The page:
Carnosine (beta-alanyl-l-histidine) and its methylated analogue anserine are present in relevant concentrations in the omnivore human diet. Several studies reported promising therapeutic potential for carnosine in various rodent models of oxidative stress and inflammation-related chronic diseases. Nevertheless, the poor serum stability of carnosine in humans makes the translation of rodent models hard. Even though anserine and carnosine have similar biochemical properties, anserine has better serum stability. Despite this interesting profile, the research on anserine is scarce. The aim of this study was to explore the bioavailability and stability of synthesized anserine by (1) performing in vitro stability experiments in human plasma and molecular modelling studies and by (2) evaluating the plasma and urinary pharmacokinetic profile in healthy volunteers following different doses of anserine (4–10–20 mg/kg body weight). A bio-analytical method for measuring anserine levels was developed and validated using liquid chromatography-electrospray mass spectrometry. Both plasma (CMAX: 0.54–1.10–3.12 µM) and urinary (CMAX: 0.09–0.41–0.72 mg/mg creatinine) anserine increased dose-dependently following ingestion of 4–10–20 anserine mg/kg BW, respectively. The inter-individual variation in plasma anserine was mainly explained by the activity (R2 = 0.75) and content (R2 = 0.77) of the enzyme serum carnosinase-1. Compared to carnosine, a lower interaction energy of anserine with carnosinase-1 was suggested by molecular modelling studies. Conversely, the two dipeptides seems to have similar interaction with the PEPT1 transporter. It can be concluded that nutritionally relevant doses of synthesized anserine are well-absorbed and that its degradation by serum carnosinase-1 is less pronounced compared to carnosine. This makes anserine a good candidate as a more stable carnosine-analogue to attenuate chronic diseases in humans.

Development and validation of a sensitive LC–MS/MS assay for the quantification of anserine in human plasma and urine and its application to pharmacokinetic study / I. Everaert, G. Baron, S. Barbaresi, E. Gilardoni, C. Coppa, M. Carini, G. Vistoli, T. Bex, J. Stautemas, L. Blancquaert, W. Derave, G. Aldini, L. Regazzoni. - In: AMINO ACIDS. - ISSN 0939-4451. - 51:1(2019 Jan 28), pp. 103-114. [10.1007/s00726-018-2663-y]

Development and validation of a sensitive LC–MS/MS assay for the quantification of anserine in human plasma and urine and its application to pharmacokinetic study

G. Baron
Co-primo
;
E. Gilardoni;C. Coppa;M. Carini;G. Vistoli;G. Aldini
Penultimo
;
L. Regazzoni
Ultimo
2019-01-28

Abstract

Carnosine (beta-alanyl-l-histidine) and its methylated analogue anserine are present in relevant concentrations in the omnivore human diet. Several studies reported promising therapeutic potential for carnosine in various rodent models of oxidative stress and inflammation-related chronic diseases. Nevertheless, the poor serum stability of carnosine in humans makes the translation of rodent models hard. Even though anserine and carnosine have similar biochemical properties, anserine has better serum stability. Despite this interesting profile, the research on anserine is scarce. The aim of this study was to explore the bioavailability and stability of synthesized anserine by (1) performing in vitro stability experiments in human plasma and molecular modelling studies and by (2) evaluating the plasma and urinary pharmacokinetic profile in healthy volunteers following different doses of anserine (4–10–20 mg/kg body weight). A bio-analytical method for measuring anserine levels was developed and validated using liquid chromatography-electrospray mass spectrometry. Both plasma (CMAX: 0.54–1.10–3.12 µM) and urinary (CMAX: 0.09–0.41–0.72 mg/mg creatinine) anserine increased dose-dependently following ingestion of 4–10–20 anserine mg/kg BW, respectively. The inter-individual variation in plasma anserine was mainly explained by the activity (R2 = 0.75) and content (R2 = 0.77) of the enzyme serum carnosinase-1. Compared to carnosine, a lower interaction energy of anserine with carnosinase-1 was suggested by molecular modelling studies. Conversely, the two dipeptides seems to have similar interaction with the PEPT1 transporter. It can be concluded that nutritionally relevant doses of synthesized anserine are well-absorbed and that its degradation by serum carnosinase-1 is less pronounced compared to carnosine. This makes anserine a good candidate as a more stable carnosine-analogue to attenuate chronic diseases in humans.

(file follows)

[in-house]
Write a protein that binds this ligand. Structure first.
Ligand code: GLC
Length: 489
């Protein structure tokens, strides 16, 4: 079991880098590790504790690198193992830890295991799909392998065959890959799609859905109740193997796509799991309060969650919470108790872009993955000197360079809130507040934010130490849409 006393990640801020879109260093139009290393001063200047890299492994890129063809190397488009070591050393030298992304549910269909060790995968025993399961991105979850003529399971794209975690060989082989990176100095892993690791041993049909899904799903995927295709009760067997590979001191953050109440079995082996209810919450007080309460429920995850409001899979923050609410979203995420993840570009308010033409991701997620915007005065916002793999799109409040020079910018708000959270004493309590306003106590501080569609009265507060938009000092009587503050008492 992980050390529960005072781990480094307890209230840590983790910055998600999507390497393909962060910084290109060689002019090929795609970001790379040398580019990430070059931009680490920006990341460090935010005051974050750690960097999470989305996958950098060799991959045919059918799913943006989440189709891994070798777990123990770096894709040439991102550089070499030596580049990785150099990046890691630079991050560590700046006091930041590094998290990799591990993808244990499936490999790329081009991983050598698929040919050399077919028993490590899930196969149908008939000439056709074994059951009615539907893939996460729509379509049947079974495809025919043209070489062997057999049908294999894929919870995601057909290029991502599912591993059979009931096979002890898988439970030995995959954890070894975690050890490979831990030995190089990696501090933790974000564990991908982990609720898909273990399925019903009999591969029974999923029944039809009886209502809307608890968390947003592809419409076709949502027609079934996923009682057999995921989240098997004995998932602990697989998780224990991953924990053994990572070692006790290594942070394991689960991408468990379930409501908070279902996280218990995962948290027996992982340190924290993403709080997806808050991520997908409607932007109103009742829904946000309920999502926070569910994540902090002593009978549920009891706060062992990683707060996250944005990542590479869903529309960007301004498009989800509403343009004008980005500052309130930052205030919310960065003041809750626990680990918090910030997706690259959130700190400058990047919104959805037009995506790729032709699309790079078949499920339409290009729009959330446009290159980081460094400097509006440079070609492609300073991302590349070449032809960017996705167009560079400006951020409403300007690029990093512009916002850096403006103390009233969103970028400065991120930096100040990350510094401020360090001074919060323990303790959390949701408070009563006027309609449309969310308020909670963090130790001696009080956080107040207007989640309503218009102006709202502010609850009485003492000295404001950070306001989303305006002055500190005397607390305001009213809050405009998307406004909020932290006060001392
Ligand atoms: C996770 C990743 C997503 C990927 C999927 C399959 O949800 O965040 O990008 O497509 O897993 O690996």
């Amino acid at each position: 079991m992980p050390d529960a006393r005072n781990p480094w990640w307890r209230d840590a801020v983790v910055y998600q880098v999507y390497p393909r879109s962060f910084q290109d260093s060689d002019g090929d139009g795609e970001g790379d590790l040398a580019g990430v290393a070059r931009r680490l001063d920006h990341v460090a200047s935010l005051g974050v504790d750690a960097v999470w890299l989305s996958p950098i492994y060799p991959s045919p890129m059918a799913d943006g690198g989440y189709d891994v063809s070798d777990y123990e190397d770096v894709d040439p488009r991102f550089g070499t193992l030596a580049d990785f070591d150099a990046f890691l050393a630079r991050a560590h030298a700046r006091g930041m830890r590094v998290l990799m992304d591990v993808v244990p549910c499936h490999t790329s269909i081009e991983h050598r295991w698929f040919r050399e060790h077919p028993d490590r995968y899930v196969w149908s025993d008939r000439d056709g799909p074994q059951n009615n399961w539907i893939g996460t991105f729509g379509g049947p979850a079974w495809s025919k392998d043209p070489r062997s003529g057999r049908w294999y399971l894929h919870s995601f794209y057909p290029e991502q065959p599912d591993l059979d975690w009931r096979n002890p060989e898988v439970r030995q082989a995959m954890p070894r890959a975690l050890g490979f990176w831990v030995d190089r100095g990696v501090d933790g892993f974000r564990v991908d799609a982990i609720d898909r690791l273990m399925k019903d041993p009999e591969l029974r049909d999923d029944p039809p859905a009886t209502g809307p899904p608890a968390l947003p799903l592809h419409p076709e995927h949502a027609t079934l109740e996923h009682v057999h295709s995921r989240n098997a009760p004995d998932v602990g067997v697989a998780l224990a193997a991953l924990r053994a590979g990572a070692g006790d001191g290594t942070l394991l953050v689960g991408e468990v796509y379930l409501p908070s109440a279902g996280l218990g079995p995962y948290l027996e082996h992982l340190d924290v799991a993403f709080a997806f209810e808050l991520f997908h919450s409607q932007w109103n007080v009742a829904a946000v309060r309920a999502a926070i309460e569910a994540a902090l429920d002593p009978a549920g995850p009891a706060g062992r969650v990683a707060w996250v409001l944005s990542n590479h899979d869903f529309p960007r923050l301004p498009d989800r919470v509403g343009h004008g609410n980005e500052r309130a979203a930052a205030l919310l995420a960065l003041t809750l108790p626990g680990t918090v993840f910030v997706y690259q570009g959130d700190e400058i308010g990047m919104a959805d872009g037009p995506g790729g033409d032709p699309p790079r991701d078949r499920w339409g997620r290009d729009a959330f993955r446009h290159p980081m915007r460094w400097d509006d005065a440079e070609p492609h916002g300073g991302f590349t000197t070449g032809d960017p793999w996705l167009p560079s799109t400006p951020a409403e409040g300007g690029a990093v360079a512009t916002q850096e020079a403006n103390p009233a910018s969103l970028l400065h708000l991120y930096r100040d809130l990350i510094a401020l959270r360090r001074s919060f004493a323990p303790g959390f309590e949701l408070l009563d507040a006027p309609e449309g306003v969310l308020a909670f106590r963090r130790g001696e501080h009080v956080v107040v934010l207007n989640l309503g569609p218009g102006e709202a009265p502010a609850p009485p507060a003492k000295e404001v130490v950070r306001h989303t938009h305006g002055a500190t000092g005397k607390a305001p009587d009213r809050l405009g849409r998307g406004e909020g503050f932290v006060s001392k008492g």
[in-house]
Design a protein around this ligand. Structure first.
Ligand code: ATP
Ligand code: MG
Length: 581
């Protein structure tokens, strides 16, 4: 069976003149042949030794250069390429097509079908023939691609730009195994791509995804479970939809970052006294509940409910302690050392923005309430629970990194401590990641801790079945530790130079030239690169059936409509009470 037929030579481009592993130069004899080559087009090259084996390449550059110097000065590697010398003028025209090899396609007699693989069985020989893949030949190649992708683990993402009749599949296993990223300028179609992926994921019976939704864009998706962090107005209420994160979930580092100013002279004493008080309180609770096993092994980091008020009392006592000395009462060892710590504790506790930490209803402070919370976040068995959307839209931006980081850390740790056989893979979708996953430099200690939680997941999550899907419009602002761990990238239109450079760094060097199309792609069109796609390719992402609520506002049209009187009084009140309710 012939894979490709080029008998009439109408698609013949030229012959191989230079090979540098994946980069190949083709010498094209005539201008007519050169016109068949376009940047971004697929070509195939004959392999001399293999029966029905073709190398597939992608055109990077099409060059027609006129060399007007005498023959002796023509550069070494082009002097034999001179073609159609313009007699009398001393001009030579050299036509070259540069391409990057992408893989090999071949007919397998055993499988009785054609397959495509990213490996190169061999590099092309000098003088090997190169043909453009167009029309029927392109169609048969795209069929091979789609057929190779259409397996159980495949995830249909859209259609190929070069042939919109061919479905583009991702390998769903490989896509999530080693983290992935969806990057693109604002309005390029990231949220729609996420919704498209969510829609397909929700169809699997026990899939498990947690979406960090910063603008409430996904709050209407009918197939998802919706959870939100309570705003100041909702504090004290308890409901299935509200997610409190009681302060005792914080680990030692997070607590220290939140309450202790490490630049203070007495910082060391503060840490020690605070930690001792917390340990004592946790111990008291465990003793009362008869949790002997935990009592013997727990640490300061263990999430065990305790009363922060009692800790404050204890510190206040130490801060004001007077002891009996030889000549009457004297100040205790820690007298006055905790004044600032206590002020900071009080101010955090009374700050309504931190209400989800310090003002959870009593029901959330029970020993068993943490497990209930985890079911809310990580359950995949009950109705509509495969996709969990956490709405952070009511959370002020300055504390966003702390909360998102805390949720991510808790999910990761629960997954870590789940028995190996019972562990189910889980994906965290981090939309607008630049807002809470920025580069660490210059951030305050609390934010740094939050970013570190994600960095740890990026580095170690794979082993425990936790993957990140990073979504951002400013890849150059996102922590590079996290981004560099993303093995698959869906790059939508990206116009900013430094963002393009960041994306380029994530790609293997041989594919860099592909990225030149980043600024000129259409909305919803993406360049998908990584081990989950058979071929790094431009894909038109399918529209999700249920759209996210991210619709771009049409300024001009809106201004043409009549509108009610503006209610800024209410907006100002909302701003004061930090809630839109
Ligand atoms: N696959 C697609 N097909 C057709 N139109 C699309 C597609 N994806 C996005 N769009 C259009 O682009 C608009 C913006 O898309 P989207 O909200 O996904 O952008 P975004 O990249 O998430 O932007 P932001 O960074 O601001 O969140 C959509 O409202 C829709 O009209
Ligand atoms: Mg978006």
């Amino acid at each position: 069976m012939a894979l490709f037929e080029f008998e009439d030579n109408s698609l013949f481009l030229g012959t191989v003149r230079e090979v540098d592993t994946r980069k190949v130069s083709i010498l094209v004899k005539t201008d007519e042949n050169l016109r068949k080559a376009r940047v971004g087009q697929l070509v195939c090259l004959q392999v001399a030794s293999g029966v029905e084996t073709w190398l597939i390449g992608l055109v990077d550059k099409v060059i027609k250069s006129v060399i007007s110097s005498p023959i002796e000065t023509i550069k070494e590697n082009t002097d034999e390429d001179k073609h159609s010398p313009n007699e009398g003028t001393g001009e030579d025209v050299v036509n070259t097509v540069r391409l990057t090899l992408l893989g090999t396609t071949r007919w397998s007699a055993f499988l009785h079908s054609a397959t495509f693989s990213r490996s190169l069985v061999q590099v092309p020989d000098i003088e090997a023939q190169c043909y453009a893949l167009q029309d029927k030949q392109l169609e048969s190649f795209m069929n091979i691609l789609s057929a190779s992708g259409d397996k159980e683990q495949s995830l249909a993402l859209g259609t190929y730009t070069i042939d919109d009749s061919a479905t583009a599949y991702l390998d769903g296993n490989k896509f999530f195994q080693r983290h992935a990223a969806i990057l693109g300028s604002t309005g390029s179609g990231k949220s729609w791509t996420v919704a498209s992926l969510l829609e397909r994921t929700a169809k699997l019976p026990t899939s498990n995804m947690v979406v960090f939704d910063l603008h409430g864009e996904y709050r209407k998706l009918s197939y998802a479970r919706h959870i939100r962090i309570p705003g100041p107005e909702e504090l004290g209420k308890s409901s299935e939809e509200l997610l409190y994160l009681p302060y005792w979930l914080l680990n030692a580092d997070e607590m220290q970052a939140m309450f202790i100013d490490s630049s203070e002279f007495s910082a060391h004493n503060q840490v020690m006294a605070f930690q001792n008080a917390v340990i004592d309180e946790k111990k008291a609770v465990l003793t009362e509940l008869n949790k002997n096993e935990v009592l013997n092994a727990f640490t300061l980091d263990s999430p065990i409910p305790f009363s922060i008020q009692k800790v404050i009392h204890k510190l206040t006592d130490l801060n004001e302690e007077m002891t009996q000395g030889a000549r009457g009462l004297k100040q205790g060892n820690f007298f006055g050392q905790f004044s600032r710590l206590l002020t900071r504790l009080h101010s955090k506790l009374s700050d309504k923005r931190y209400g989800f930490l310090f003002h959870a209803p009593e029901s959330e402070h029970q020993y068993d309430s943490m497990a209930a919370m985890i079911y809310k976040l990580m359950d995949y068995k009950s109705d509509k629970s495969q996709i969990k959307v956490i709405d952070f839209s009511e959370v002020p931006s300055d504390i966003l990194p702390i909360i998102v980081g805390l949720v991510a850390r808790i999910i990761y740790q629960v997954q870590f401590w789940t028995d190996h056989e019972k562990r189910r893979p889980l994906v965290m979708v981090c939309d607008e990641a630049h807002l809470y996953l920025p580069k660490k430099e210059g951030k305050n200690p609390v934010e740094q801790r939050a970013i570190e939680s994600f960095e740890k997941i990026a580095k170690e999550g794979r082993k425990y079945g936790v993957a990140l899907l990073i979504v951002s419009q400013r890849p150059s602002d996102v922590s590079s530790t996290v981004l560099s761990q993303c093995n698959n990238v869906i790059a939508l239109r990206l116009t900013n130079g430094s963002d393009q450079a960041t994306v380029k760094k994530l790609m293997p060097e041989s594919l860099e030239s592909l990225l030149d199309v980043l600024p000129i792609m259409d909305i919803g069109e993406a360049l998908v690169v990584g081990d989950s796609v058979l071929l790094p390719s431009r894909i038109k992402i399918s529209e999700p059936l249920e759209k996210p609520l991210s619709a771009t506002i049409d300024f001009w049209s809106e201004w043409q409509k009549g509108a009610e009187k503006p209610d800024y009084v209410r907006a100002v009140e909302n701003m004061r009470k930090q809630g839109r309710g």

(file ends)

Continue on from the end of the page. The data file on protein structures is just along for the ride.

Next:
Anserine; Carnosinase-1; Carnosine; Pharmacokinetics; Biochemistry; Clinical Biochemistry; Organic Chemistry
Settore CHIM/08 - Chimica Farmaceutica
9-ott-2018
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Utilizza questo identificativo per citare o creare un link a questo documento: http://hdl.handle.net/2434/599742
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